Three and a half years ago, America was plunged into an economic tragedy by the misdeeds of a woefully underregulated financial sector. You might think this episode would have slowed efforts to depict the United States as a nation that subjects businesses to endless and misguided edicts. It did not. After a few weeks’ respite, the Chamber of Commerce, the Heritage Foundation, the Business Roundtable et al., along with virtually the whole GOP, returned to the old war cry. They are at it still, ignoring the lessons of the financial meltdown and the fresher memories of America’s worst mine disaster in four decades and most horrific oil spill ever.
You have to give these people points for staying on script. And their persistence, over decades now, has taken a toll—not just in old rules repealed, new rules blocked, and oversight budgets and authority slashed but in the way the regulatory function of government is perceived, even by many who seek to uphold it.
In Washington that job falls largely to a valiant band of progressive advocates and public officials. They tend to proceed one case at a time, since regulation, like government in general, polls better when broken into its component parts. Yet in the process of showing that this or that rule won’t be as expensive as lobbyists say, and that the health, safety or environmental payoffs will more than justify the cost, the defense team often inadvertently reinforces the prosecution’s view of regulation as an economic burden to be borne for the sake of a noneconomic gain.
In fact, the regulation of American business, despite its inevitable excesses and far more significant shortcomings, has been prodigiously good for us economically, quite aside from its other benefits. And you don’t need higher math or heavy-duty cost-benefit analysis to grasp that truth. It’s a lesson that leaps off the pages of modern American history.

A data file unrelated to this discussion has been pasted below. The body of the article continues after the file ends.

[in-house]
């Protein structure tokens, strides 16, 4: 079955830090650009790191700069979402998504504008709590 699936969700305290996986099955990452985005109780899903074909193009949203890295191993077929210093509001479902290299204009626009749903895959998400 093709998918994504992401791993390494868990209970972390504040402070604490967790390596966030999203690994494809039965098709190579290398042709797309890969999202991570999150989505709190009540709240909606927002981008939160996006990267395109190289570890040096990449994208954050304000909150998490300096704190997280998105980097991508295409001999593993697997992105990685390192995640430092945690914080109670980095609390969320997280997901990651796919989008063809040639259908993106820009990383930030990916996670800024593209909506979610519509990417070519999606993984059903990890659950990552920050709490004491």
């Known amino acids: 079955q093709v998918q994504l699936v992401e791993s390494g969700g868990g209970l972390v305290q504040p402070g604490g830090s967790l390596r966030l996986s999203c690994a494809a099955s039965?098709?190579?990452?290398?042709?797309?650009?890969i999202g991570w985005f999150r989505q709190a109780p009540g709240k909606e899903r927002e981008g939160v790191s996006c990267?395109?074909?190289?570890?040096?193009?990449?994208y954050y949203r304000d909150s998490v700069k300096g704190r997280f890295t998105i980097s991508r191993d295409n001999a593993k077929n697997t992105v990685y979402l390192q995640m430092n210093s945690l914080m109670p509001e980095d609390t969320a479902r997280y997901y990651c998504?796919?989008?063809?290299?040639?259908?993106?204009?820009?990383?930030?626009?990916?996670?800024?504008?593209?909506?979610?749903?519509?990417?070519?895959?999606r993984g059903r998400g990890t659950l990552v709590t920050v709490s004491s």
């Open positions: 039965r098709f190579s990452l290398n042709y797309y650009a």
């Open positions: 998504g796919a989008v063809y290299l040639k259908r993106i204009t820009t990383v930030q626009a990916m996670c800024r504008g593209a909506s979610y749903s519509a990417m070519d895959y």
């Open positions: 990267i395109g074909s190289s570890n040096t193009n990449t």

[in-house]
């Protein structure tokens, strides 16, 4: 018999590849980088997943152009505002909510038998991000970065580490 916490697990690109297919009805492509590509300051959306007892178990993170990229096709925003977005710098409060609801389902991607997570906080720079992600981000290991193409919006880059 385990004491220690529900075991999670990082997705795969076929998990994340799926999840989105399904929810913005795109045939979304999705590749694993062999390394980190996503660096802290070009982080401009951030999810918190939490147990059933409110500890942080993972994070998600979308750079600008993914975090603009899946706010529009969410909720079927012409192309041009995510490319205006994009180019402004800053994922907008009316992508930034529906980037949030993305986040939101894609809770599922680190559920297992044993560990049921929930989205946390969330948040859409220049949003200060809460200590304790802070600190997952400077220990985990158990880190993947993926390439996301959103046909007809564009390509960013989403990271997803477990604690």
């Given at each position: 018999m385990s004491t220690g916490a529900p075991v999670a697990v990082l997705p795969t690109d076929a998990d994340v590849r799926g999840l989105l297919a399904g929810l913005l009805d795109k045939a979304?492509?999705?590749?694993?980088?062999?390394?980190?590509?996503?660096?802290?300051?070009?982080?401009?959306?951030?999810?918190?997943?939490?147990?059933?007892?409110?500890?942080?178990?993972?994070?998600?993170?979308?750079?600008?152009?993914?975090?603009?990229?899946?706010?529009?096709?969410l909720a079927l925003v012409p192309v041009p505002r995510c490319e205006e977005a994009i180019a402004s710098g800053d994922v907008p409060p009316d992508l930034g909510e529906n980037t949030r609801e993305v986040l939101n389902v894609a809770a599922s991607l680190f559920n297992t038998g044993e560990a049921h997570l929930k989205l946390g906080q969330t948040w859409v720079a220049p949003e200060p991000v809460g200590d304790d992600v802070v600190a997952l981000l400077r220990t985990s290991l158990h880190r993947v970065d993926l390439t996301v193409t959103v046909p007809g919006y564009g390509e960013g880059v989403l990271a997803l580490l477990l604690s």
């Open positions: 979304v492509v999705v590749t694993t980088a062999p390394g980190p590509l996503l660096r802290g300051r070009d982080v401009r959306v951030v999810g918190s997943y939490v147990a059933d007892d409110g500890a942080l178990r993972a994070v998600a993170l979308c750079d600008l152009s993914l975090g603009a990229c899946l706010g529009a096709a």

Take financial regulation. Not the labyrinthine Dodd-Frank law, with all its lobbyist-driven twists and turns. I’m talking about the body of rules adopted in the 1930s after the last big financial meltdown. New Deal financial reform, beginning with the Glass-Steagall and Securities Acts of 1933 and the Securities Exchange Act of 1934, rested on a few clear ideas, including leverage limits, disclosure requirements, deposit insurance and the emphatic separation of government-guaranteed banking activities from unguaranteed trading and securities activities.
Those principles gave Americans a long respite from the financial panics that had been regular and devastating events since before the Civil War. For nearly half a century, until the deregulation orgy of the 1980s and ’90s, we had a stable financial economy—one that (unlike today’s highflying megabanks and megafunds) was generally viewed as an instrument of the real economy.
Finance, more than other fields, calls for restraints on the “natural liberty of a few individuals” in order to protect “the security of the whole society,” Adam Smith argued. His reasoning may help explain why the era of strong financial regulation in America coincided with our greatest and most evenly shared gains in prosperity. And yet, the forces responsible for the extraordinary success of that regulatory regime have often produced good results in other sectors of the economy.